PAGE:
In Ghana, the only representative group of people that decided to come back from Brazil is the Tabom People. They came back on a ship called S. S. Salisbury, offered by the English Government. About seventy Afro-Brazilians of seven different families arrived in Accra, in the region of the old port in James Town in 1836, coming from Nigeria as visitors. The reception by the Mantse Nii Ankrah of the Otoblohum area was so friendly, that they decided to settle down in Accra. The leader of the Tabom group at the time of their arrival was a certain Nii Azumah Nelson. Since than time the Nelson family has been very important to the History of the Tabom People. The eldest son of Azumah Nelson, Nii Alasha, was his successor and a very close friend to the Ga King Nii Tackie Tawiah. Together they helped in the development of the whole community in commerce and environmental sanitation.
At the present moment the Tabom Mantse is Nii Azumah V, descendant of the Nelson’s. The Tabons are also known as the founders of the First Scissors House in 1854, the first tailoring shop in the country, which had amongst other activities, the task to provide the Ghanaian Army with uniforms. Proof of these skills is without any doubt Mr. Dan Morton, another Tabom and one of the most famous tailors nowadays in Accra.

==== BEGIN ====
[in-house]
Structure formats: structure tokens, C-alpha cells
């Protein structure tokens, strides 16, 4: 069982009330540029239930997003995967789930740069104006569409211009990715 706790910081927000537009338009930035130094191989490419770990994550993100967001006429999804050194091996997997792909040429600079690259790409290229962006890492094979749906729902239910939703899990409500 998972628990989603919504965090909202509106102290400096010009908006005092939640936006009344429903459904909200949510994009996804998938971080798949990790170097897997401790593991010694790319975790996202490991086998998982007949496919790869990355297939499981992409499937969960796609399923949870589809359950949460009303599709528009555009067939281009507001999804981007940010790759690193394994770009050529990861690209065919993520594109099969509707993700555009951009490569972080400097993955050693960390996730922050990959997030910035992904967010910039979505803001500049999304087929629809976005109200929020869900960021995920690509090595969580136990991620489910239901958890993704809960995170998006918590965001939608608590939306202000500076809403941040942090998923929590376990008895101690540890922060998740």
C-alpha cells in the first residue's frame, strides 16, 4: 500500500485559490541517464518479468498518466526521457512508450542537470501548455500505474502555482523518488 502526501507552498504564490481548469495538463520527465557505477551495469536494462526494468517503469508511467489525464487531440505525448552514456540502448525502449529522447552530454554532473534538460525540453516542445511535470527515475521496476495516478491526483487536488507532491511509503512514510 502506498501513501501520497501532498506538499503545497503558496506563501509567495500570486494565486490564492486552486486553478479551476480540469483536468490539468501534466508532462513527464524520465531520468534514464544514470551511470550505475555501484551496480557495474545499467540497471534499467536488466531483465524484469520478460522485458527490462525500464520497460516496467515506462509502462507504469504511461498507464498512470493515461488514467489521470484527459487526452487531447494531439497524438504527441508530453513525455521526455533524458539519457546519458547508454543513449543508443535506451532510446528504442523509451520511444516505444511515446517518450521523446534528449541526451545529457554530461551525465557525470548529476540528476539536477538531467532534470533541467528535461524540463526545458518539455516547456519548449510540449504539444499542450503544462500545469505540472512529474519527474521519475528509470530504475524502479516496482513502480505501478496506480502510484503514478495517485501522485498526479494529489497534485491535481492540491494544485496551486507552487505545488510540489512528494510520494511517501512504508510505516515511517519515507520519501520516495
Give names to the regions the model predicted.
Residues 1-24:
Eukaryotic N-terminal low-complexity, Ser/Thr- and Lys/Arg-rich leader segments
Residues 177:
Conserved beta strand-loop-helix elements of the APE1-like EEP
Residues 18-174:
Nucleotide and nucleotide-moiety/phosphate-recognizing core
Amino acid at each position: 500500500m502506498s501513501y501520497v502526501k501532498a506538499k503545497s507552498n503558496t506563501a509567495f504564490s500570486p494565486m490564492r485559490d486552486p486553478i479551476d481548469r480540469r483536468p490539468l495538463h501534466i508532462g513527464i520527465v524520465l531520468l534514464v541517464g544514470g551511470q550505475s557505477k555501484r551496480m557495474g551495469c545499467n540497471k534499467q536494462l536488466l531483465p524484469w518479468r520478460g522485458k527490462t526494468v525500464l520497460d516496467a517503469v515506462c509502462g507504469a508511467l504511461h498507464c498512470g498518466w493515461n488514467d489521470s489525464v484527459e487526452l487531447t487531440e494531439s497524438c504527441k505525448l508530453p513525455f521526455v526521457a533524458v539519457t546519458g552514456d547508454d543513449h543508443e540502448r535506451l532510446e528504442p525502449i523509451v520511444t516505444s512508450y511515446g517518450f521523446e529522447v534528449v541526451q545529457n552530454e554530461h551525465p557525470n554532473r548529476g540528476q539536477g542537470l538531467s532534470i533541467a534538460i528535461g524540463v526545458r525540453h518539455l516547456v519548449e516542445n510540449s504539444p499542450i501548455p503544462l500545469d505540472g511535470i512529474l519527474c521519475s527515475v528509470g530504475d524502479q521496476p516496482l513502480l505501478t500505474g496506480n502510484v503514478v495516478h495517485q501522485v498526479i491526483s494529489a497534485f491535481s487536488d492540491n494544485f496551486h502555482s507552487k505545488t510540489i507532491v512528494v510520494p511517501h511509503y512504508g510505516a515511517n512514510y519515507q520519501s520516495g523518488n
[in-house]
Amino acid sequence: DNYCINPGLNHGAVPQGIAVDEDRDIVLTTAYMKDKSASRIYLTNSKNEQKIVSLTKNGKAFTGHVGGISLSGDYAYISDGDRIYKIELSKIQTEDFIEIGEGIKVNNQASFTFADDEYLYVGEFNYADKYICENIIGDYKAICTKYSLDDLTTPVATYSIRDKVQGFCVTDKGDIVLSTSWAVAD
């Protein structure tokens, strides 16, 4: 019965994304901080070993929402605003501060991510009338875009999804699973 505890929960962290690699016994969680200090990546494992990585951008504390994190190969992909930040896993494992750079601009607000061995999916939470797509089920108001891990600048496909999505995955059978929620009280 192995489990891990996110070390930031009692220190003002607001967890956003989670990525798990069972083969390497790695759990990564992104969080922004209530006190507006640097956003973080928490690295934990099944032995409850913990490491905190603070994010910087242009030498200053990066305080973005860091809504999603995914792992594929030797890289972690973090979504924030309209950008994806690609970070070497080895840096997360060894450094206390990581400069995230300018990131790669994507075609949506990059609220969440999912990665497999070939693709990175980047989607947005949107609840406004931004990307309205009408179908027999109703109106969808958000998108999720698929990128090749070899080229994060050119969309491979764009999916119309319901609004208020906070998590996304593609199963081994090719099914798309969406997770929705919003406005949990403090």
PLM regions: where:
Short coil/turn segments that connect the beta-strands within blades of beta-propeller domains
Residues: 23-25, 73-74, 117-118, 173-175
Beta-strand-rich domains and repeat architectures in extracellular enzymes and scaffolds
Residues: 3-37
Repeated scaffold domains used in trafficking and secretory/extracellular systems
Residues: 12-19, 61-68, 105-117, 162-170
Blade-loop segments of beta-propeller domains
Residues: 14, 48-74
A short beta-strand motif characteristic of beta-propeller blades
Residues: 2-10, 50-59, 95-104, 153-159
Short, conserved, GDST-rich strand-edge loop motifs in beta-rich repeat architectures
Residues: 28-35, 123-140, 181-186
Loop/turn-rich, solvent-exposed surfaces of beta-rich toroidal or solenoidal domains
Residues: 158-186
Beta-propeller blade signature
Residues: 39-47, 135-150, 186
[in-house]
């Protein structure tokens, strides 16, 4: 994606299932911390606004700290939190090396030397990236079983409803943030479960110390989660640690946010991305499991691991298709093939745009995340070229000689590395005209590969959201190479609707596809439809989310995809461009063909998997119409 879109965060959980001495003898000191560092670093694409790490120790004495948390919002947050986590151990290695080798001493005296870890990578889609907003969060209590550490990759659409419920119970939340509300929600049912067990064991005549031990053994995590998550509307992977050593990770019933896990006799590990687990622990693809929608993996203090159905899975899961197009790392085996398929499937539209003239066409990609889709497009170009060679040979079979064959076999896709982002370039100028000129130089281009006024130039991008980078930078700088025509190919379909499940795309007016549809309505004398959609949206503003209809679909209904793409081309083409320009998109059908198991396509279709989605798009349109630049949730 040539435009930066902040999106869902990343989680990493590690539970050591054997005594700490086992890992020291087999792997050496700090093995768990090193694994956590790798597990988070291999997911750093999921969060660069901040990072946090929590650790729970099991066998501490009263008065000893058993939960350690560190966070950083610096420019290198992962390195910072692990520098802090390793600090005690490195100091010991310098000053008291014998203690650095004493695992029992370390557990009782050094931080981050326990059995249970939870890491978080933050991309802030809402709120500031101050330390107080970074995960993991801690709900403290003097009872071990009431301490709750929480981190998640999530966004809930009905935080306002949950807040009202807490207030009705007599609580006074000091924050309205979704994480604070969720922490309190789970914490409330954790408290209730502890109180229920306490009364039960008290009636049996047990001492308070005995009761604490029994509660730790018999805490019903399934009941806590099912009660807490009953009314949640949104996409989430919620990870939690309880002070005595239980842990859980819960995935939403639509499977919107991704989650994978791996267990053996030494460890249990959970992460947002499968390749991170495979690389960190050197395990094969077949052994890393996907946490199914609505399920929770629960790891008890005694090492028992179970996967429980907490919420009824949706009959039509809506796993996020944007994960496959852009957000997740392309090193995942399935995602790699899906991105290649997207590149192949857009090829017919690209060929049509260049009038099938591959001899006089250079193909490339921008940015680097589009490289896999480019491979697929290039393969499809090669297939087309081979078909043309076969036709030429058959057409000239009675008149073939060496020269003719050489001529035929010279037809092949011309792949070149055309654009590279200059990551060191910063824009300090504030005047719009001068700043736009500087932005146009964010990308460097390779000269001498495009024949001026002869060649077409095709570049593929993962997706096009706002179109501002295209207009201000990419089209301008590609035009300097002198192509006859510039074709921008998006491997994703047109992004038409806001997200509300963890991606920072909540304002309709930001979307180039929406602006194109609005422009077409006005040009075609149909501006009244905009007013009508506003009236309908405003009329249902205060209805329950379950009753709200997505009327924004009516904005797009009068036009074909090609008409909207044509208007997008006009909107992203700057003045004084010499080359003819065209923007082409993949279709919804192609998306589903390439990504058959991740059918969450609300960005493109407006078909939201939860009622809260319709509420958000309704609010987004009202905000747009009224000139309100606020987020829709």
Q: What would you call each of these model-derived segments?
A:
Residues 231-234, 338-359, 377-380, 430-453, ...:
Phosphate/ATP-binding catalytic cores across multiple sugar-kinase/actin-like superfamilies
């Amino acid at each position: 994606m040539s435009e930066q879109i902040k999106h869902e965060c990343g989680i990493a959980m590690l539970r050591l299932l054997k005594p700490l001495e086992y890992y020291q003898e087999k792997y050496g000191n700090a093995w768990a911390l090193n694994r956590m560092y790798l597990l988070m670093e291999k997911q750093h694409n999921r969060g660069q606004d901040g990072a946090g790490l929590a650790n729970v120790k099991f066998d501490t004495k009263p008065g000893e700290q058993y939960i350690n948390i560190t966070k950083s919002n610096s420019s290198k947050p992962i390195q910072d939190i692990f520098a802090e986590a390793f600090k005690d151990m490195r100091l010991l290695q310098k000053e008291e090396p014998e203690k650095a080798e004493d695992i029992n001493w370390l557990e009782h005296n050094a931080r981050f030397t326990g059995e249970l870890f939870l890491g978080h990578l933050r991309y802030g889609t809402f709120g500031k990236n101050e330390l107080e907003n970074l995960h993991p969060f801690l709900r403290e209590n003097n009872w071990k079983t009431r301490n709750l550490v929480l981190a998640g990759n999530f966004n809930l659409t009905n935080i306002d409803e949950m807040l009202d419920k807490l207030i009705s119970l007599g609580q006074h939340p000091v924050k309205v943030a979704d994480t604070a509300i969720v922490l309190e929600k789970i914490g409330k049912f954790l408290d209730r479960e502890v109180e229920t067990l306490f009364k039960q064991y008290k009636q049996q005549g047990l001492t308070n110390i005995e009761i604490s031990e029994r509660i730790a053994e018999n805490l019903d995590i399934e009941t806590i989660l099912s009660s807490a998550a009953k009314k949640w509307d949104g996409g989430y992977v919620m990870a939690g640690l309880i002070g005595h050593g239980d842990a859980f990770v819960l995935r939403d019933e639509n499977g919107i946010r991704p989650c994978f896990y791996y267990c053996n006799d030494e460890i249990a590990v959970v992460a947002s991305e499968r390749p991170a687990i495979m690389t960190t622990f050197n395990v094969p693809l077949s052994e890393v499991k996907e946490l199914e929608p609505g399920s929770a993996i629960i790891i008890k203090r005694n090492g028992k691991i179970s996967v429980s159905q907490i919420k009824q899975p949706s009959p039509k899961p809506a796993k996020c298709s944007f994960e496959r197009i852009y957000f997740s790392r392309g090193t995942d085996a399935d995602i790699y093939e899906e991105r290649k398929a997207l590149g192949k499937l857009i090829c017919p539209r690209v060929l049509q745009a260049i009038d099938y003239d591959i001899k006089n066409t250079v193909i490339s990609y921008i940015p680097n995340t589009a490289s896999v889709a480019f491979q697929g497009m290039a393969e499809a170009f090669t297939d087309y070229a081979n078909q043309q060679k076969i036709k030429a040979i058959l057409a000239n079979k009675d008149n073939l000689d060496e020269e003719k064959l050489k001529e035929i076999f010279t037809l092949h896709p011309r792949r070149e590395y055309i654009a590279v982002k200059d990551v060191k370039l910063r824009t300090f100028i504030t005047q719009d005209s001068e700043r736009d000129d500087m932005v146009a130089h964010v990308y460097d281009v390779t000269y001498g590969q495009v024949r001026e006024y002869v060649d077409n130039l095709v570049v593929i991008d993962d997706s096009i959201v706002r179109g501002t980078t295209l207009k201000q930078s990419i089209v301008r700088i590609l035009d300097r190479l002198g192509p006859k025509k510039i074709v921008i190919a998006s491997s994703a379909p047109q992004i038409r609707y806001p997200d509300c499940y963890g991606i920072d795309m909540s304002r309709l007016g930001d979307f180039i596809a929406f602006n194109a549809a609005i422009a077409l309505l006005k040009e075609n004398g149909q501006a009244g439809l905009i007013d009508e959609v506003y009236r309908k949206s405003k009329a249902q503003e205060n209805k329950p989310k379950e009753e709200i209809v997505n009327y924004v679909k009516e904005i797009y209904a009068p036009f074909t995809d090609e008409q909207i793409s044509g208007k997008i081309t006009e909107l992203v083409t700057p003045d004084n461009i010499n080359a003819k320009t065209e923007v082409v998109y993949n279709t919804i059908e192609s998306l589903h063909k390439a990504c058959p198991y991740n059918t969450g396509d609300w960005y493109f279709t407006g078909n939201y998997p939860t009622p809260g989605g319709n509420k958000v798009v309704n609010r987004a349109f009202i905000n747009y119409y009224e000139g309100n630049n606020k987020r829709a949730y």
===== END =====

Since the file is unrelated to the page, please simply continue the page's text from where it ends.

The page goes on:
Because they were welcomed by the Ga people and received by their king as personal guests, the Tabons received lands in privileged locations, in places that are nowadays very well known estates, like Asylum Down, the area near to the central train station and around the Accra Breweries. In those areas, the mango trees planted by them bear silent witnesses to their presence. In the estate of North Ridge there is a street called “Tabon Street”, which is a reminder of the huge plantations that they formerly had there. Some of the Tabons live nowadays in James Town, where the first house built and used by them as they arrived in Ghana is located. It is called the “Brazil House” and can be found in a short street with the name “Brazil Lane”.